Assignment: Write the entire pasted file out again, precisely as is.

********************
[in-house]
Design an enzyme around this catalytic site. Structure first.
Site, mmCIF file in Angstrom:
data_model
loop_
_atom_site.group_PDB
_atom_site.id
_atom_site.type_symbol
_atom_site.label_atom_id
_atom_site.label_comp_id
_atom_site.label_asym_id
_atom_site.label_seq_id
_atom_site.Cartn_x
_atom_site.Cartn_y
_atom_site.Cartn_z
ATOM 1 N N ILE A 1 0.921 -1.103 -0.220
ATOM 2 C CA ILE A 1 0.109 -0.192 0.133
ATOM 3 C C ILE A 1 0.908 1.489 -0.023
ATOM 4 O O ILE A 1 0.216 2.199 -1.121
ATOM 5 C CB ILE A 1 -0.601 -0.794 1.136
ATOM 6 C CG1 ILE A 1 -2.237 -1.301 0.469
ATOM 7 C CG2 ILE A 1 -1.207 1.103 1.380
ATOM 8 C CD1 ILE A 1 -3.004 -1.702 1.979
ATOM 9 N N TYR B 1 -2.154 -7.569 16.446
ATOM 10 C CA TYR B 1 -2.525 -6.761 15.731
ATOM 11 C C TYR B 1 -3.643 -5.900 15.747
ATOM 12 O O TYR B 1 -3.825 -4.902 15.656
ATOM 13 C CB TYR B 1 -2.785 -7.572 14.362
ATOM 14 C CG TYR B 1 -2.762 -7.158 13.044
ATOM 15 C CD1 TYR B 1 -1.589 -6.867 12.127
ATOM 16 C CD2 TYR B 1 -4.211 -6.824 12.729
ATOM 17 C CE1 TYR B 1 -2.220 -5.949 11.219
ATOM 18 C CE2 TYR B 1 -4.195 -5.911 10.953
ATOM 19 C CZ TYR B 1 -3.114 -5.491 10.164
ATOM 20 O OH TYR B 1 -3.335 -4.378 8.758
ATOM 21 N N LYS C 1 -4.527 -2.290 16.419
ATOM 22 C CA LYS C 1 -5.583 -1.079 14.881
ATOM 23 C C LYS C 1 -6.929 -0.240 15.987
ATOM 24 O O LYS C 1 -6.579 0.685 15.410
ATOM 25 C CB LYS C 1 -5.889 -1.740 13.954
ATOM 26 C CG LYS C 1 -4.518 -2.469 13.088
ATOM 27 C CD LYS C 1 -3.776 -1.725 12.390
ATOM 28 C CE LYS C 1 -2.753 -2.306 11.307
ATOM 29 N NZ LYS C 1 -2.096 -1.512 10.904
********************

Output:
[in-house]
Design an enzyme around this catalytic site. Structure first.
Site, mmCIF file in Angstrom:
data_model
loop_
_atom_site.group_PDB
_atom_site.id
_atom_site.type_symbol
_atom_site.label_atom_id
_atom_site.label_comp_id
_atom_site.label_asym_id
_atom_site.label_seq_id
_atom_site.Cartn_x
_atom_site.Cartn_y
_atom_site.Cartn_z
ATOM 1 N N ILE A 1 0.921 -1.103 -0.220
ATOM 2 C CA ILE A 1 0.109 -0.192 0.133
ATOM 3 C C ILE A 1 0.908 1.489 -0.023
ATOM 4 O O ILE A 1 0.216 2.199 -1.121
ATOM 5 C CB ILE A 1 -0.601 -0.794 1.136
ATOM 6 C CG1 ILE A 1 -2.237 -1.301 0.469
ATOM 7 C CG2 ILE A 1 -1.207 1.103 1.380
ATOM 8 C CD1 ILE A 1 -3.004 -1.702 1.979
ATOM 9 N N TYR B 1 -2.154 -7.569 16.446
ATOM 10 C CA TYR B 1 -2.525 -6.761 15.731
ATOM 11 C C TYR B 1 -3.643 -5.900 15.747
ATOM 12 O O TYR B 1 -3.825 -4.902 15.656
ATOM 13 C CB TYR B 1 -2.785 -7.572 14.362
ATOM 14 C CG TYR B 1 -2.762 -7.158 13.044
ATOM 15 C CD1 TYR B 1 -1.589 -6.867 12.127
ATOM 16 C CD2 TYR B 1 -4.211 -6.824 12.729
ATOM 17 C CE1 TYR B 1 -2.220 -5.949 11.219
ATOM 18 C CE2 TYR B 1 -4.195 -5.911 10.953
ATOM 19 C CZ TYR B 1 -3.114 -5.491 10.164
ATOM 20 O OH TYR B 1 -3.335 -4.378 8.758
ATOM 21 N N LYS C 1 -4.527 -2.290 16.419
ATOM 22 C CA LYS C 1 -5.583 -1.079 14.881
ATOM 23 C C LYS C 1 -6.929 -0.240 15.987
ATOM 24 O O LYS C 1 -6.579 0.685 15.410
ATOM 25 C CB LYS C 1 -5.889 -1.740 13.954
ATOM 26 C CG LYS C 1 -4.518 -2.469 13.088
ATOM 27 C CD LYS C 1 -3.776 -1.725 12.390
ATOM 28 C CE LYS C 1 -2.753 -2.306 11.307
ATOM 29 N NZ LYS C 1 -2.096 -1.512 10.904